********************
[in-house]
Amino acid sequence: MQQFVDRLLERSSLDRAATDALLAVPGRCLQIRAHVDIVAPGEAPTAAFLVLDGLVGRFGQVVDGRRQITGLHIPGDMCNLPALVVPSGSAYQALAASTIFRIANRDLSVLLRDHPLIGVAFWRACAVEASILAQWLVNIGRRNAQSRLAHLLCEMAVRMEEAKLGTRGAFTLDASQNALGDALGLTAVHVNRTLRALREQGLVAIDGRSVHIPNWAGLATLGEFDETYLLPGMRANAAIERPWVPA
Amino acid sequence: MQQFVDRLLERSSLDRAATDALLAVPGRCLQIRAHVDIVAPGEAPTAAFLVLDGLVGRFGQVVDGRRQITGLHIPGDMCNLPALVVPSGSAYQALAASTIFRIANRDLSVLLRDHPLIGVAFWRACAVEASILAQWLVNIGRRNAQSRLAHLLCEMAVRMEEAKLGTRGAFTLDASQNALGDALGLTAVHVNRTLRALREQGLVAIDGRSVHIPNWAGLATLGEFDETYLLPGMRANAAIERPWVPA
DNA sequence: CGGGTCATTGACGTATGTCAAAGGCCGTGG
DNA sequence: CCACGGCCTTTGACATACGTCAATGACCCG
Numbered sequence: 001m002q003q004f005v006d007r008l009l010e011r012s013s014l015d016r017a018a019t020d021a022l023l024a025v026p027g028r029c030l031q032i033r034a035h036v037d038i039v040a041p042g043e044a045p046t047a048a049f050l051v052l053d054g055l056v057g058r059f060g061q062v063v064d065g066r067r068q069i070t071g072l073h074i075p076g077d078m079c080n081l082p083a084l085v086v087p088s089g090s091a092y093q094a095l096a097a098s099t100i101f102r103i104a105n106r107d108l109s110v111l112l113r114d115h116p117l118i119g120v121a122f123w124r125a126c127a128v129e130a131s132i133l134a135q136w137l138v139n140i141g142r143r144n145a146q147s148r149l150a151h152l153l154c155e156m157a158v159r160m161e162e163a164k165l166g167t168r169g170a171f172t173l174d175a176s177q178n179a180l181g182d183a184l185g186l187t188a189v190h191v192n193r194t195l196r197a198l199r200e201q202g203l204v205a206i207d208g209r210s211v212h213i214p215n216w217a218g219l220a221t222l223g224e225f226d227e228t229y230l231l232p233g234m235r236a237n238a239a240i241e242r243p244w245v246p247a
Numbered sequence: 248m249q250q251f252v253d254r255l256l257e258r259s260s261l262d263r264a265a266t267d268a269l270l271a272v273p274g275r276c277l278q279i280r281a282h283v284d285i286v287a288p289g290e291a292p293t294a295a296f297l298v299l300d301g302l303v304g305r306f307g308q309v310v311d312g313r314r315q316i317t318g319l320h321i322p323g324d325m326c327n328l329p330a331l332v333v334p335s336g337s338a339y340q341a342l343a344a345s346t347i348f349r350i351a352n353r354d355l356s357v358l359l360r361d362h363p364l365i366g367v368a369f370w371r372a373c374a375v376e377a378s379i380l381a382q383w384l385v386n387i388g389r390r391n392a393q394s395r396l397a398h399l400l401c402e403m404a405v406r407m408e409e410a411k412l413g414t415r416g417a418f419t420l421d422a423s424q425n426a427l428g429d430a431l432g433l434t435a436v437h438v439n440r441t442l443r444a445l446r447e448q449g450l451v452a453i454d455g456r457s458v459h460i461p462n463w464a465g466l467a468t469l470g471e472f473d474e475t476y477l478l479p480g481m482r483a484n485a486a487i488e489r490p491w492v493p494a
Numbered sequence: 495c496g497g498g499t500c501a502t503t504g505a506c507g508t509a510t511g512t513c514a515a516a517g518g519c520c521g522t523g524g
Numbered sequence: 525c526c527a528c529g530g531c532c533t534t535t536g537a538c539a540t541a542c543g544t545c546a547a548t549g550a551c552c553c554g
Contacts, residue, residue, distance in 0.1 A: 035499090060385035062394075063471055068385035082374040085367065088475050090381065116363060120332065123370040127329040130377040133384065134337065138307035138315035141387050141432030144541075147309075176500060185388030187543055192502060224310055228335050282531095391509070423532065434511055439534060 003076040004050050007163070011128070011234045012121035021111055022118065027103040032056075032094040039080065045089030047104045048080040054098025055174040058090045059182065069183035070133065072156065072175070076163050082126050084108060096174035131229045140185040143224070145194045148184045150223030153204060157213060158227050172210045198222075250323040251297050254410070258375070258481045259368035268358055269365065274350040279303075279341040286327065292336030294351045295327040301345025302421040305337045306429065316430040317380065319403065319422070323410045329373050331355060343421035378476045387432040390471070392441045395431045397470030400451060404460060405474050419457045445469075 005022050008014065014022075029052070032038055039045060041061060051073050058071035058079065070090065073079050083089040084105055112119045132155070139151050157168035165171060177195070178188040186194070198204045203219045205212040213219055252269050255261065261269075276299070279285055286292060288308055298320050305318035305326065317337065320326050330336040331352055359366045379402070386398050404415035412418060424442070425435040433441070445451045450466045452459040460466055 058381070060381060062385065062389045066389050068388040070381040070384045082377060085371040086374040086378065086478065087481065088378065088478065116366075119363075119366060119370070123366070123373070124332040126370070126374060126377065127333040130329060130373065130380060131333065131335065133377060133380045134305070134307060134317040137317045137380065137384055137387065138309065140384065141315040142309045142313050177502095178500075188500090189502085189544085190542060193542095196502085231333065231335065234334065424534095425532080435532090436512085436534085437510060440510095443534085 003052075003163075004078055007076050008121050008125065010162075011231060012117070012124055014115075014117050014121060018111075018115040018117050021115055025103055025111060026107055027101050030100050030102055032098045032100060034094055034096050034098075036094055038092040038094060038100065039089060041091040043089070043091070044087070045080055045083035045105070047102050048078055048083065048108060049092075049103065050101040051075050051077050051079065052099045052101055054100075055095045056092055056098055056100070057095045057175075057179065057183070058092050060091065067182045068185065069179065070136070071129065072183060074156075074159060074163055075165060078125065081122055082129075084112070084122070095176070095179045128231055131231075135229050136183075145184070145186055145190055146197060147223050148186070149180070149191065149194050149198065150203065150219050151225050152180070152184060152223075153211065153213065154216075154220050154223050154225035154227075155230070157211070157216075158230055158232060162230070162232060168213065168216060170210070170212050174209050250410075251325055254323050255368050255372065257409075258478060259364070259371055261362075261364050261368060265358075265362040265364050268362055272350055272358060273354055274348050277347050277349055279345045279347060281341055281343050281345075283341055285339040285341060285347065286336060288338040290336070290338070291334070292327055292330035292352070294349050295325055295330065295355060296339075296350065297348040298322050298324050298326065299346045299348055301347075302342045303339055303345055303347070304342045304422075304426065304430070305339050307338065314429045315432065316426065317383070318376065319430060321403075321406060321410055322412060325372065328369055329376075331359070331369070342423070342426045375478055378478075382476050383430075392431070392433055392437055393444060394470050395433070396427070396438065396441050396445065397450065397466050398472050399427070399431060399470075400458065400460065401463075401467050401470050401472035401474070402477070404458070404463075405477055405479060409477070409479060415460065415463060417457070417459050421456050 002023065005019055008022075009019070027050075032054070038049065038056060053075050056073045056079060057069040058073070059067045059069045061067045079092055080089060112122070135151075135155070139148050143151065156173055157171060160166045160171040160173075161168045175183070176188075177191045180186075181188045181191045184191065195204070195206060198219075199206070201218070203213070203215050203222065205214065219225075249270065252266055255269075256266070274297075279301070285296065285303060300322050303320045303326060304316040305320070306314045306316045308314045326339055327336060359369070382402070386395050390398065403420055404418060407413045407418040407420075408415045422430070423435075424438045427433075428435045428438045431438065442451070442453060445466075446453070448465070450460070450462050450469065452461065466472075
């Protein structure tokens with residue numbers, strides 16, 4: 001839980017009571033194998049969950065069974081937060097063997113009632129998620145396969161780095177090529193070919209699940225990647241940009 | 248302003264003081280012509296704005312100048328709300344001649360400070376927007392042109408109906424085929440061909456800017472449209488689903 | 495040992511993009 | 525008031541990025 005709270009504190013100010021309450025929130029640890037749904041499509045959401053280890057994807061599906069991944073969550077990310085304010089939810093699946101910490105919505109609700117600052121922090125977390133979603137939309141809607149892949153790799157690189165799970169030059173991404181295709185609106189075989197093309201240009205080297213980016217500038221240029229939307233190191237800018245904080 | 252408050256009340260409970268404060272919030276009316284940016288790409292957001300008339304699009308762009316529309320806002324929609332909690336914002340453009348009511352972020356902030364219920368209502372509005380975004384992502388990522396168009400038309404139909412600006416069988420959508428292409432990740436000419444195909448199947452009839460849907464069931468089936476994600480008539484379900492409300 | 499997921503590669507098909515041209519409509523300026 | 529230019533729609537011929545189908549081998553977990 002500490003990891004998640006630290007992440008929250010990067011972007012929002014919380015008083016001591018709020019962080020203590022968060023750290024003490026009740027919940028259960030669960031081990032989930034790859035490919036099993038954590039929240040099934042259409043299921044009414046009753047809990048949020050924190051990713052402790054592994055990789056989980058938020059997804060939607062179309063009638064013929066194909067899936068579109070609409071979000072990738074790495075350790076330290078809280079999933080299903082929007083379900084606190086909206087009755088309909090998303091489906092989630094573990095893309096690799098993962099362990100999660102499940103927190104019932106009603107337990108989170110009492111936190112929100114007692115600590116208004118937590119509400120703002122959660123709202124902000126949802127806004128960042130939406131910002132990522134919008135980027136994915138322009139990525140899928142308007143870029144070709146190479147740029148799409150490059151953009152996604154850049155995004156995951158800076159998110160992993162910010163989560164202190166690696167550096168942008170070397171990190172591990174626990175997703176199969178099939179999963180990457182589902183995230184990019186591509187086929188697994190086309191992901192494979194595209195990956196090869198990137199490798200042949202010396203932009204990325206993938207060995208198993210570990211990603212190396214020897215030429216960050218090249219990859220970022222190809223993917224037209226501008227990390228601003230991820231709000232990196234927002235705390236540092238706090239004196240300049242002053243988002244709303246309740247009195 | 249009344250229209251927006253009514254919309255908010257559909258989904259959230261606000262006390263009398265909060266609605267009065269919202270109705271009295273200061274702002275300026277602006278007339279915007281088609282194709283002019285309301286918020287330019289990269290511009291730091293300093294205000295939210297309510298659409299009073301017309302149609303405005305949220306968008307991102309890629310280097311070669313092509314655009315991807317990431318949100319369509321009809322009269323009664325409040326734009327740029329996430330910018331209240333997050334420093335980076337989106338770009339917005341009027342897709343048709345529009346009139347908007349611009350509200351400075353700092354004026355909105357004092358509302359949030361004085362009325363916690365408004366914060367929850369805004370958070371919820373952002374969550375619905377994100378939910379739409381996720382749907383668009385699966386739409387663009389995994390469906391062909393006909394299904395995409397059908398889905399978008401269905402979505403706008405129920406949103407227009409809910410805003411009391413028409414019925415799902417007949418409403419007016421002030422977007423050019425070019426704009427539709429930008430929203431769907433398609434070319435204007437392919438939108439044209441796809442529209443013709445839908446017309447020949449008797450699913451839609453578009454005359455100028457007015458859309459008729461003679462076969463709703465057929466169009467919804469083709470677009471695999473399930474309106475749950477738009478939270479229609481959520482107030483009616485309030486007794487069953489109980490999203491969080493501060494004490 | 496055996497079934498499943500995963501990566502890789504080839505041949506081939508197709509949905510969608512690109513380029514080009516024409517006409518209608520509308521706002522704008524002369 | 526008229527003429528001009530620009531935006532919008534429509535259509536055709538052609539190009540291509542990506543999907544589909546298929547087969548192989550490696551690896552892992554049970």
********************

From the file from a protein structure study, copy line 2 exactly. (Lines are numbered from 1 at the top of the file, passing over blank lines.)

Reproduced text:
Amino acid sequence: MQQFVDRLLERSSLDRAATDALLAVPGRCLQIRAHVDIVAPGEAPTAAFLVLDGLVGRFGQVVDGRRQITGLHIPGDMCNLPALVVPSGSAYQALAASTIFRIANRDLSVLLRDHPLIGVAFWRACAVEASILAQWLVNIGRRNAQSRLAHLLCEMAVRMEEAKLGTRGAFTLDASQNALGDALGLTAVHVNRTLRALREQGLVAIDGRSVHIPNWAGLATLGEFDETYLLPGMRANAAIERPWVPA